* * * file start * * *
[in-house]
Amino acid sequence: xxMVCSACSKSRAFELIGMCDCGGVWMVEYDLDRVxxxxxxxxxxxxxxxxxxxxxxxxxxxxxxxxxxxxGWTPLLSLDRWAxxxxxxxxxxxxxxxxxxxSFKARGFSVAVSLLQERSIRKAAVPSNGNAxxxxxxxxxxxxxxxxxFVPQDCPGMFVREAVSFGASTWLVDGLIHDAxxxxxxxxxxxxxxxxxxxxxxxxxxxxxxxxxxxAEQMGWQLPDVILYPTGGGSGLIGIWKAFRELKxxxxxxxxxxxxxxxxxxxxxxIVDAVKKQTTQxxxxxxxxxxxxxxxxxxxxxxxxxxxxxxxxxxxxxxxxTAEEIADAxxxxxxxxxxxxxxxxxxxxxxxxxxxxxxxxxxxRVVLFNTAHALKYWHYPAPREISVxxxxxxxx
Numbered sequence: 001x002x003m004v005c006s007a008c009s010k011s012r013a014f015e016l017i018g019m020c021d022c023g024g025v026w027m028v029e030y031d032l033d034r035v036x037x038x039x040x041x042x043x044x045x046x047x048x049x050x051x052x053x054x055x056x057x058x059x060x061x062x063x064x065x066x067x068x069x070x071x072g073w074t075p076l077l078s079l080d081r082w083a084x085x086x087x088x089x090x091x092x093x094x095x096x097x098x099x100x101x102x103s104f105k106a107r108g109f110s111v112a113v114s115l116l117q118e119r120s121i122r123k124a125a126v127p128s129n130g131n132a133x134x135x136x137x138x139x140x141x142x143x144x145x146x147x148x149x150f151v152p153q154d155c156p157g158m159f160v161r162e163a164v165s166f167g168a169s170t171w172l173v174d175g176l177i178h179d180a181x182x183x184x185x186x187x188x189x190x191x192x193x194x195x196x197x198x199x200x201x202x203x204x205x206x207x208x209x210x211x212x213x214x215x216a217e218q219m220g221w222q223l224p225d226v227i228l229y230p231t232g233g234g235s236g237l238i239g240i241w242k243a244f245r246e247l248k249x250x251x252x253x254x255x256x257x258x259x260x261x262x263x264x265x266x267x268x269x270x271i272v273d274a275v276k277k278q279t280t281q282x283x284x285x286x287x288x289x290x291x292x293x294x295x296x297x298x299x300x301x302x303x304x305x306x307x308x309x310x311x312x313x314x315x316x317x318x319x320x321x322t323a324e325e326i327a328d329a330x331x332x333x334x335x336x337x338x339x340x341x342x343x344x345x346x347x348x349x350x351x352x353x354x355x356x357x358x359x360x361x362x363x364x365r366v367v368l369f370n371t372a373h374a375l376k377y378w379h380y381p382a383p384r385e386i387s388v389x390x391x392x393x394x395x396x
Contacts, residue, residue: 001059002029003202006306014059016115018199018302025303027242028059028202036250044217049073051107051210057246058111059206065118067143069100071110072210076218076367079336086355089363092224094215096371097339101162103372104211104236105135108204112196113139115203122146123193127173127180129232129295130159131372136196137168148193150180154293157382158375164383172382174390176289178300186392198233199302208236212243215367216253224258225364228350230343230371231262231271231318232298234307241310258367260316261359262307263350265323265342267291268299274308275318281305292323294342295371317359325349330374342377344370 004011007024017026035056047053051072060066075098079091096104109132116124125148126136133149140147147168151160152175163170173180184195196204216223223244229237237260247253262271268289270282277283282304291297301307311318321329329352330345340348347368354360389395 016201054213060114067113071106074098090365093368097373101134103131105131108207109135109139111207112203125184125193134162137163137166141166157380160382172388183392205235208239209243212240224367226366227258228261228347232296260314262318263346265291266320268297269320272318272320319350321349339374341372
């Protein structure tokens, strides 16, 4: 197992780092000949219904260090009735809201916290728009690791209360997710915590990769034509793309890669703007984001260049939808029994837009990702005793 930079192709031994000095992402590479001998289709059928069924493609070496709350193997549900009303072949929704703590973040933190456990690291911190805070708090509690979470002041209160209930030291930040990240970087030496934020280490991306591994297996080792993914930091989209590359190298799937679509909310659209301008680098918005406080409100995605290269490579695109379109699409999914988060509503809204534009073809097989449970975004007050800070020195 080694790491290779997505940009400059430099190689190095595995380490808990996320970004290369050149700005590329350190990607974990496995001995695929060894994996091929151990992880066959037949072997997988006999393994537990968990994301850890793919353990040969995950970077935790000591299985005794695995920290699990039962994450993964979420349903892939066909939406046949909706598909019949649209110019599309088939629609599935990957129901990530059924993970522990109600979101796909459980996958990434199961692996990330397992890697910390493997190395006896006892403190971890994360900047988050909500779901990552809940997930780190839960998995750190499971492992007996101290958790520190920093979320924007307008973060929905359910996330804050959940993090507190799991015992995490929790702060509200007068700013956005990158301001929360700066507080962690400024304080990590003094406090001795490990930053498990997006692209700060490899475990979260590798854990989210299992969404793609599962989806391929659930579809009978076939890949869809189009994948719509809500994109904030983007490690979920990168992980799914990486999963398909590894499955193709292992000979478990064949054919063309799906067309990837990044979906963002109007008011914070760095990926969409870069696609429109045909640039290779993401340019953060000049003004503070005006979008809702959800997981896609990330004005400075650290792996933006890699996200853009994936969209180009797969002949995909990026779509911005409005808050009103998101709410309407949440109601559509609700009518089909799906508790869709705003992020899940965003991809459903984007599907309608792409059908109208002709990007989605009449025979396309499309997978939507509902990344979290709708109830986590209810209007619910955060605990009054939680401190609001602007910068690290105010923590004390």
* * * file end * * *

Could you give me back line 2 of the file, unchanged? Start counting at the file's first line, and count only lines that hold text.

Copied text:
Amino acid sequence: xxMVCSACSKSRAFELIGMCDCGGVWMVEYDLDRVxxxxxxxxxxxxxxxxxxxxxxxxxxxxxxxxxxxxGWTPLLSLDRWAxxxxxxxxxxxxxxxxxxxSFKARGFSVAVSLLQERSIRKAAVPSNGNAxxxxxxxxxxxxxxxxxFVPQDCPGMFVREAVSFGASTWLVDGLIHDAxxxxxxxxxxxxxxxxxxxxxxxxxxxxxxxxxxxAEQMGWQLPDVILYPTGGGSGLIGIWKAFRELKxxxxxxxxxxxxxxxxxxxxxxIVDAVKKQTTQxxxxxxxxxxxxxxxxxxxxxxxxxxxxxxxxxxxxxxxxTAEEIADAxxxxxxxxxxxxxxxxxxxxxxxxxxxxxxxxxxxRVVLFNTAHALKYWHYPAPREISVxxxxxxxx